Calling George Osborne: let us help you get your numbers right

If you are going to call on progressives for support at least have a basic grasp of the figures

Danny Alexander, George Osborne, David Cameron laughin


Ahead of tonight’s Commons vote on his £12bn package of welfare cuts, the chancellor George Osborne has penned an article for the Guardian calling on ‘progressives’ to stop ‘ignoring’ the public and vote through his reforms.

In a piece entitled ‘Calling all progressives: help us reform the welfare state’, Osborne claims that ‘three in four people’ – including ‘a majority of Labour voters’ – support his planned cuts to social security.

And unfortunately for the left, the chancellor is broadly correct. For while, as I have written previously, the public are opposed to cuts in child tax credits for families with more than two children, there does appear to be majority support for a cutting of benefits more generally – and yes, there is support even among Labour voters.

In this respect, Osborne’s figures are correct. In this respect.

Elsewhere in the piece the chancellor is less accurate. In fact, his claim that his £7.20-an-hour ‘living wage’ will help 2.7 million minimum wage workers is a complete howler. As Osborne puts it:

“That will mean a pay rise of over £5,000 a year in cash terms for the 2.7 million people currently on the minimum wage.”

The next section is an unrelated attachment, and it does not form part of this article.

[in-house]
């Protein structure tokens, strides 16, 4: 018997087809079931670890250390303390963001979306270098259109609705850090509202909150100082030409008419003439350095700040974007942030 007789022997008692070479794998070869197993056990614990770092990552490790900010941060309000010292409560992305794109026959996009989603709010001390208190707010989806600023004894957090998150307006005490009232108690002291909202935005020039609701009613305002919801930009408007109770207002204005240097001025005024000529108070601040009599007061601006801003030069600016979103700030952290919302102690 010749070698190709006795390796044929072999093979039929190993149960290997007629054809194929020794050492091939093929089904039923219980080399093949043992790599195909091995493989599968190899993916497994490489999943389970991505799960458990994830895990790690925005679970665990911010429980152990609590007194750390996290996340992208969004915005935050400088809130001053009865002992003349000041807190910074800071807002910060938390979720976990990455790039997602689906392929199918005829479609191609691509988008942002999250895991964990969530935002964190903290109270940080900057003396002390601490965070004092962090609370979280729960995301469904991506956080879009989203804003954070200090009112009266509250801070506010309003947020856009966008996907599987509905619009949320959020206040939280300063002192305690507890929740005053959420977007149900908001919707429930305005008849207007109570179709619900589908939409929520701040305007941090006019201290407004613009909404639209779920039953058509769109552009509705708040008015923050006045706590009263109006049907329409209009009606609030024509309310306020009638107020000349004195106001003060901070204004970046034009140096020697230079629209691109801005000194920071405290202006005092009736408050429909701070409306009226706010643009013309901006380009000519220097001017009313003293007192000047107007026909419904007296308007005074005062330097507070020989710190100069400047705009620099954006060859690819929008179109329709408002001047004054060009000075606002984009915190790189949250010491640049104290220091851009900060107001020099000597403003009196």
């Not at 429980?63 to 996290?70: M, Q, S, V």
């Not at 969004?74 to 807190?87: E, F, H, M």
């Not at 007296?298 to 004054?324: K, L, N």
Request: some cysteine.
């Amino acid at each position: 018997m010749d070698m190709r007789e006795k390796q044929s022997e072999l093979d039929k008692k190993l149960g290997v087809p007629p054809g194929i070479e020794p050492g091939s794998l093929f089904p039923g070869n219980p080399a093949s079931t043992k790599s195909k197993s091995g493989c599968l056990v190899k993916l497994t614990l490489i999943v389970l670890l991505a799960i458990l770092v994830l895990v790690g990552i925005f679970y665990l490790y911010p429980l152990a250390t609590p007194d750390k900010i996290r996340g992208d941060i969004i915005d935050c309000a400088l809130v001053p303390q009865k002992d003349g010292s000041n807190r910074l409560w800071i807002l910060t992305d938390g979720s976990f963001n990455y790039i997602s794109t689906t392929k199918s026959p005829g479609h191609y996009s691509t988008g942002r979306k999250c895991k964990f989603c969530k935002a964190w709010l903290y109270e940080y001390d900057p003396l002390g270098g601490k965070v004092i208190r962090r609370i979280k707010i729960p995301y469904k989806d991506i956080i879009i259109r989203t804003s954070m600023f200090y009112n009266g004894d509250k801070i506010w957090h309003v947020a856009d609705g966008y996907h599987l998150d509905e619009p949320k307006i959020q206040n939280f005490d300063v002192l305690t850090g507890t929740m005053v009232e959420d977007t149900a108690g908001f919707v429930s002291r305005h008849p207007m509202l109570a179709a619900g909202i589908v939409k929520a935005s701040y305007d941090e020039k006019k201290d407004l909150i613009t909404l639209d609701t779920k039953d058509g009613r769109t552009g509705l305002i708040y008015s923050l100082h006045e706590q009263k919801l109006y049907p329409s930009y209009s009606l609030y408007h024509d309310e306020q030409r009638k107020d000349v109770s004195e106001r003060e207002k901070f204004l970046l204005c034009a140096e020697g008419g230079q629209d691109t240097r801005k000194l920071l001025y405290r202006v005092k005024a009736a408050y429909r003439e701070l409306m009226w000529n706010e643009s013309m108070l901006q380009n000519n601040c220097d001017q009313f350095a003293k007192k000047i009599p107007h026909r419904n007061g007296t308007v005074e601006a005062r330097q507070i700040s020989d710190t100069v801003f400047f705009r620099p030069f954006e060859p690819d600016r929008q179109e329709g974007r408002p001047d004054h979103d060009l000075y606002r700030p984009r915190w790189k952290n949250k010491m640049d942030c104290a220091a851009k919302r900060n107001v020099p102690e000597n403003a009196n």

This is simply untrue; or at least it doesn’t reflect any of the official statistics that I can find. According to the government’s own Low Pay Commission, there are 1.4 million minimum wage jobs in Britain – significantly fewer than the 2.7 million claimed by the chancellor.

Progressives should certainly welcome the chancellor’s pledge to raise the minimum wage, even if they reject the scale of his planned welfare cuts. But calling on progressives for support requires, at a minimum, a basic grasp of the figures.

James Bloodworth is the editor of Left Foot Forward. Follow him on Twitter

3 Responses to “Calling George Osborne: let us help you get your numbers right”

  1. Sean Garrity

    I don’t think it is just Gideon who needs a basic lesson in maths James.
    If there is as you say a majority of people supporting the cutting of benefits then I would have expected to see a much larger share of the vote in the last election for the Tory party and not the tiny 25% which they actually did get.
    “In this respect” I would say that the larger majority rejected their grind the poor into the ground style of economics.

  2. Toby Hobson

    So the anti austerity argument isn’t resonating Europe wide then? Look to Scotland.. A well presented anti austerity card with good quality delivery from some sincere politicians and the result? New Labour could copy the Tory manifesto word for word and they still wouldn’t get in…. The reason…… Low quality politicians who are ingrained in the Blair/Brown/Mandleson Dont answer a question, avoid straight answers, coached body language strategy etc. It’s false, transparent, old hat and the public has had enough. Let’s get Labour back to a traditional way of doing things .

  3. stevep

    The support for benefit cuts from voters from centre-left voters has been achieving by bombarding and propagandising them with negative views on welfare. Both in the Tory press and on cheap, trashy TV programmes.
    Once a view is accepted, it is difficult to shift.
    Before someone replies with the old chestnut: “surely people think for themselves and make their own minds up”, it needs pointing out that the entire advertising industry wouldn`t exist if that were the case.
    Labour should refute The Tories agenda to decimate the welfare state and clearly explain why it is needed and how it would work and be costed if they were in office.

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